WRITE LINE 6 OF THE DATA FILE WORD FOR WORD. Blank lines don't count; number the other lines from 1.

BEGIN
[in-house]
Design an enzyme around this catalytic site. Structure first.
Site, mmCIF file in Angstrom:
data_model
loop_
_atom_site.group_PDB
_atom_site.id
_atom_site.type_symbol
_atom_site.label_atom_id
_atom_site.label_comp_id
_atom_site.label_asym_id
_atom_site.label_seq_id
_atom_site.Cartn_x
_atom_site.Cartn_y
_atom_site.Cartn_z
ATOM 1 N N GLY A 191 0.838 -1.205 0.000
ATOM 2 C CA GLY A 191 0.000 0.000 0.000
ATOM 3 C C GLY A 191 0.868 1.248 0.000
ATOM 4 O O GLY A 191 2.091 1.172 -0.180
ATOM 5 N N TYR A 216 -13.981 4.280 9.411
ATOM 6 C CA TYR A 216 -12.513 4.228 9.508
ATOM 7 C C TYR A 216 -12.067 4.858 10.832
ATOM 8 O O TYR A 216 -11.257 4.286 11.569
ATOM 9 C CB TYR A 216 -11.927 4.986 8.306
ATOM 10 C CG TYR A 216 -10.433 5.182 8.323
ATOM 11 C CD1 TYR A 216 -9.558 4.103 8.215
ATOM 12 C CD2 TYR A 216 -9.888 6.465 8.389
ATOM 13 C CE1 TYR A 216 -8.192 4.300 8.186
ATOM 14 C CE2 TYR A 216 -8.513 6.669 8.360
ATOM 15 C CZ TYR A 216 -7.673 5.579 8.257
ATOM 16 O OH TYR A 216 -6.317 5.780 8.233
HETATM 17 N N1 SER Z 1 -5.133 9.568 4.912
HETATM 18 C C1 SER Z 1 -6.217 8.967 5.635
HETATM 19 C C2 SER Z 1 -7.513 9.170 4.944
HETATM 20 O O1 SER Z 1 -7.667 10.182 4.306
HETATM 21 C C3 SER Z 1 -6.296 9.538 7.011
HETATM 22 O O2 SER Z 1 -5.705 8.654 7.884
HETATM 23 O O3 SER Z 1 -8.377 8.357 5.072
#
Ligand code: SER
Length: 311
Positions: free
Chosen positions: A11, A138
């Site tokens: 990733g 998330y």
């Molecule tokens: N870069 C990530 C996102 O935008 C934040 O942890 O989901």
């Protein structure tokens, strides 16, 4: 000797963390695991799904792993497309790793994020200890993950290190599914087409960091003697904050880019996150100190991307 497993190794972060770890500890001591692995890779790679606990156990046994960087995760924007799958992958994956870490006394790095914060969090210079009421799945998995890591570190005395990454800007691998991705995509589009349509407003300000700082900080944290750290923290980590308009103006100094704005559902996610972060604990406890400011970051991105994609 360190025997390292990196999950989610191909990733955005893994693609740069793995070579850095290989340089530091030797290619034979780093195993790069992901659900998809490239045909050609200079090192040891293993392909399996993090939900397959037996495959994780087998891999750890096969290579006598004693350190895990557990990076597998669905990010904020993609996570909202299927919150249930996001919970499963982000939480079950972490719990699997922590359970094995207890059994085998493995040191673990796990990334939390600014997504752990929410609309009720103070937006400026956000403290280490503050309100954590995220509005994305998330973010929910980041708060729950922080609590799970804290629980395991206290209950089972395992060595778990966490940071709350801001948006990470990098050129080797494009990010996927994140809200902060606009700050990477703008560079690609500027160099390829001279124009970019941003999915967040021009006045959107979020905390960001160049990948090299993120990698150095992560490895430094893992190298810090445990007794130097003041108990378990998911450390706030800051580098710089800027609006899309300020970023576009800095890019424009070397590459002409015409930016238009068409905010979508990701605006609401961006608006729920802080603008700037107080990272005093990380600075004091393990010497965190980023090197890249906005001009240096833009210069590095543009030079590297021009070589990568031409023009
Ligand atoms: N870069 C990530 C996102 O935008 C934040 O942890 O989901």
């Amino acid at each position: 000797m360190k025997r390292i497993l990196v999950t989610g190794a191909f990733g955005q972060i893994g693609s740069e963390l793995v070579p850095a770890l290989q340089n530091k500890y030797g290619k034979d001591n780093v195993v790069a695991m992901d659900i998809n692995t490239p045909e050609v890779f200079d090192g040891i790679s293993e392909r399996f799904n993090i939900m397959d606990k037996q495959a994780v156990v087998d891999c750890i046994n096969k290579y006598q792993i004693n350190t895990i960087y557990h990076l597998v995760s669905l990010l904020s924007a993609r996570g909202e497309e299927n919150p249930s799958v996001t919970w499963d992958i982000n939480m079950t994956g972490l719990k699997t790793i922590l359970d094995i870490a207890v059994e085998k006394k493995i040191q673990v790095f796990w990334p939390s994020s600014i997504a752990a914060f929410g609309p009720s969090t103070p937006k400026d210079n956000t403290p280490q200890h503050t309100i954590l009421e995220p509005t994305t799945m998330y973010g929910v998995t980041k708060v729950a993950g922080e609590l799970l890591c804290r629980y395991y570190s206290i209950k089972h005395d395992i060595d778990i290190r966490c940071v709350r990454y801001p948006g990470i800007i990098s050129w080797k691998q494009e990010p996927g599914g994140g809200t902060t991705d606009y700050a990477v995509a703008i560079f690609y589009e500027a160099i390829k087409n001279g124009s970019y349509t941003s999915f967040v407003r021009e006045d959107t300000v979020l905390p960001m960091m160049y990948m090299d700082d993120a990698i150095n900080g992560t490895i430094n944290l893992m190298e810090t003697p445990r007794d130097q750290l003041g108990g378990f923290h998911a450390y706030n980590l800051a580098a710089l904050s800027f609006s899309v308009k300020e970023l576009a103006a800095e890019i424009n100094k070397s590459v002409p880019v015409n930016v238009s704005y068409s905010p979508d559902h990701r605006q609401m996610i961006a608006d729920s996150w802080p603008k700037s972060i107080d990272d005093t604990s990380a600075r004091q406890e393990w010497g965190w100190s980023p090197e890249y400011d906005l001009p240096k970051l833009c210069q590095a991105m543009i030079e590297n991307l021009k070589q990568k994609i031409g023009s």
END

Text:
_atom_site.group_PDB